Computer scientists impact society through their work in many areas. Because computer technology is embedded in so many products, services, and systems, computer scientists can be found in almost every industry. Design of next generation computer systems, computer networking, biomedical information systems, gaming systems, search engines, web browsers, and computerized package distribution systems are all examples of projects a computer scientist might work on. Computer scientists might also focus on improving software reliability, network security, information retrieval systems, or may even work as a consultant to a financial services company.
Computer scientists should be creative, inquisitive, analytical, and detail oriented. They must have a strong grasp of mathematics, including calculus, probability, and statistics, and computer systems. Preparation in one or more of the sciences, such as, physics, chemistry, biology, is also a requirement. Abilities to work as part of a team and to communicate well also will be important as computer science jobs frequently require interaction with specialists outside of computer science or engineering. To hone these skills, recommended coursework includes English, writing, social studies, and humanities.
More detailed information about Computer Science is available on the Career Cornerstone Center's Computer Science site.
Career Guidance Suggestions for Pre-University Students
Pre-University students should take as many math and science courses as possible, both during school and as part of after-school programs. Students aged 5-9 should do additional math, puzzles, and building or design projects. Students aged 9-12 should take extra math, and if inspired, explore pre-algebra and geometry. Students aged 12-18 might consider taking advanced algebra, chemistry, calculus, geometry, trigonometry, physics, building, design, and engineering concept courses. Student of all ages might try simple computer programming prior to university studies. At the university level, computer science students will study topics such as algorithms, data structures, software design, concepts of programming languages, and computer organization and architecture.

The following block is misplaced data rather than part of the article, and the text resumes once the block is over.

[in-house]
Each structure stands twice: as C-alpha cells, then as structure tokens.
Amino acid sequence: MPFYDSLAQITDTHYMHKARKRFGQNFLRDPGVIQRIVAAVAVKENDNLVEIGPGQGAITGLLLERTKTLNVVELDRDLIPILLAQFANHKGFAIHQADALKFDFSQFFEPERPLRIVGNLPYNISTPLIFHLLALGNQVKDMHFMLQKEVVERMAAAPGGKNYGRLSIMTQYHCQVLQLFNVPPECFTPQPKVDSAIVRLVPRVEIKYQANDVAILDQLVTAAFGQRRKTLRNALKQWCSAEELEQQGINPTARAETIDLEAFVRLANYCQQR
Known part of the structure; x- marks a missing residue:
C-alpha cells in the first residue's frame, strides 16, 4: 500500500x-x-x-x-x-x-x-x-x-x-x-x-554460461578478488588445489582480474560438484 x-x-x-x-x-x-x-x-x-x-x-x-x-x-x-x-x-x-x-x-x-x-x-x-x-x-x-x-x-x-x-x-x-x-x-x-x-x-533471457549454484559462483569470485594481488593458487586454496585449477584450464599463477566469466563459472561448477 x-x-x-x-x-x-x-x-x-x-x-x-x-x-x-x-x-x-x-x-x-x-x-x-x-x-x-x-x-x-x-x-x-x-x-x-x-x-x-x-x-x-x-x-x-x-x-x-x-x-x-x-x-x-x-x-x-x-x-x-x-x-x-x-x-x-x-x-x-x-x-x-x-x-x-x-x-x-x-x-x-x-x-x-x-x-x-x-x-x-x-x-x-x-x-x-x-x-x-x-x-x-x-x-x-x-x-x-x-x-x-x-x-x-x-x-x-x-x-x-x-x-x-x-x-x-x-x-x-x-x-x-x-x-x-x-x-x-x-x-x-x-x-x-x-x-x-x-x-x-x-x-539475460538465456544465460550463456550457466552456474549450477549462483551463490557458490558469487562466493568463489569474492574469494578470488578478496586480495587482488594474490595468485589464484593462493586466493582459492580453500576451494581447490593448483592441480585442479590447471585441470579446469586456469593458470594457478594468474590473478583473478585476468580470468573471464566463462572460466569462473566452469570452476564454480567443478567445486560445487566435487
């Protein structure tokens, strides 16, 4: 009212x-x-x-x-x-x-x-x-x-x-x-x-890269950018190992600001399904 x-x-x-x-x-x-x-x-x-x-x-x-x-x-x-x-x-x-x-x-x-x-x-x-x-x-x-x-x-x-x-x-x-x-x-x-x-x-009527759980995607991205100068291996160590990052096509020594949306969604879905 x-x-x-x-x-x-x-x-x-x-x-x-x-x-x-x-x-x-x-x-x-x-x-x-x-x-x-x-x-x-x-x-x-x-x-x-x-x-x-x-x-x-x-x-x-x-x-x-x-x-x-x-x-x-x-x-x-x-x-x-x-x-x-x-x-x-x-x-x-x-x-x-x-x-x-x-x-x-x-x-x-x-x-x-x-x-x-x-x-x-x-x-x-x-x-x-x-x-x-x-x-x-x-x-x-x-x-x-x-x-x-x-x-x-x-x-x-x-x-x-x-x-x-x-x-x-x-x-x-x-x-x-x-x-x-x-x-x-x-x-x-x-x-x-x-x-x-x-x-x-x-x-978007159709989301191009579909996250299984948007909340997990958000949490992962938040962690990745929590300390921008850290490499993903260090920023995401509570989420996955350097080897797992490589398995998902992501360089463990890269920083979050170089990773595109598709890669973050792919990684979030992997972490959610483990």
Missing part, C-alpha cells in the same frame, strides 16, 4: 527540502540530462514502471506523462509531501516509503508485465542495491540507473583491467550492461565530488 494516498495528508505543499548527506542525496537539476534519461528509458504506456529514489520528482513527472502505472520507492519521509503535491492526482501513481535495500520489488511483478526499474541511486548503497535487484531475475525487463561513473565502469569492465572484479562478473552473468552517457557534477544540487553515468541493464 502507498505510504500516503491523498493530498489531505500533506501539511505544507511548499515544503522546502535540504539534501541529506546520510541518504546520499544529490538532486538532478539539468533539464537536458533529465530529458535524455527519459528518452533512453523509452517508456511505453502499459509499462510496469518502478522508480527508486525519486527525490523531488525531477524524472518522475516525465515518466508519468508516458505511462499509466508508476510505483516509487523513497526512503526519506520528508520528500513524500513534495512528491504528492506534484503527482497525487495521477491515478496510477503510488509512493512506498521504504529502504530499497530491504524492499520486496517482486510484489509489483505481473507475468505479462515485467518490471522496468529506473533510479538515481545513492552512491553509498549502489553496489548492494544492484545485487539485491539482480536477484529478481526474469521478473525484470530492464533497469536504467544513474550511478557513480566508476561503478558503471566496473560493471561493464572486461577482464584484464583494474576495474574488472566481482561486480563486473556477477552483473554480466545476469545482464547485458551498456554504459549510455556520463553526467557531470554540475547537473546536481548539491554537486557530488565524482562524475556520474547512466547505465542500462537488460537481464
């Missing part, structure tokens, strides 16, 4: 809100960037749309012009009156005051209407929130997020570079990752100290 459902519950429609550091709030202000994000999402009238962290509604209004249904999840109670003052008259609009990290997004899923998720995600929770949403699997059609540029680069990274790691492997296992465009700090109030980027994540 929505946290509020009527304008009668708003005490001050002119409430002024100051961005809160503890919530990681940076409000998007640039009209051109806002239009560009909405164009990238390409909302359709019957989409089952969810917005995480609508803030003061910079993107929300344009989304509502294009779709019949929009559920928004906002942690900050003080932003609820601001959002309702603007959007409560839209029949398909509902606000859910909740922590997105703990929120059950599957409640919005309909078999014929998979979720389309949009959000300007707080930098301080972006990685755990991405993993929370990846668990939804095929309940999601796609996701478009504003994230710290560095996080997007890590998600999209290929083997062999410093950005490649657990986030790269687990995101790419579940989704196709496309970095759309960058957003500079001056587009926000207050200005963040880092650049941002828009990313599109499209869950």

There are also several lessons and activities, and projects and competitions that can help provide students with an interest in engineering first hand exposure to electrical engineering principals. Students who implement these activities and participate in projects or competitions have a better understanding of engineering and its impact on society. They'll be better able to determine if engineering is the career path for them by sharing their interest with other students, and experiencing hands-on applications of engineering. Summer programs and internships are another great way for students at the pre-university level to explore engineering.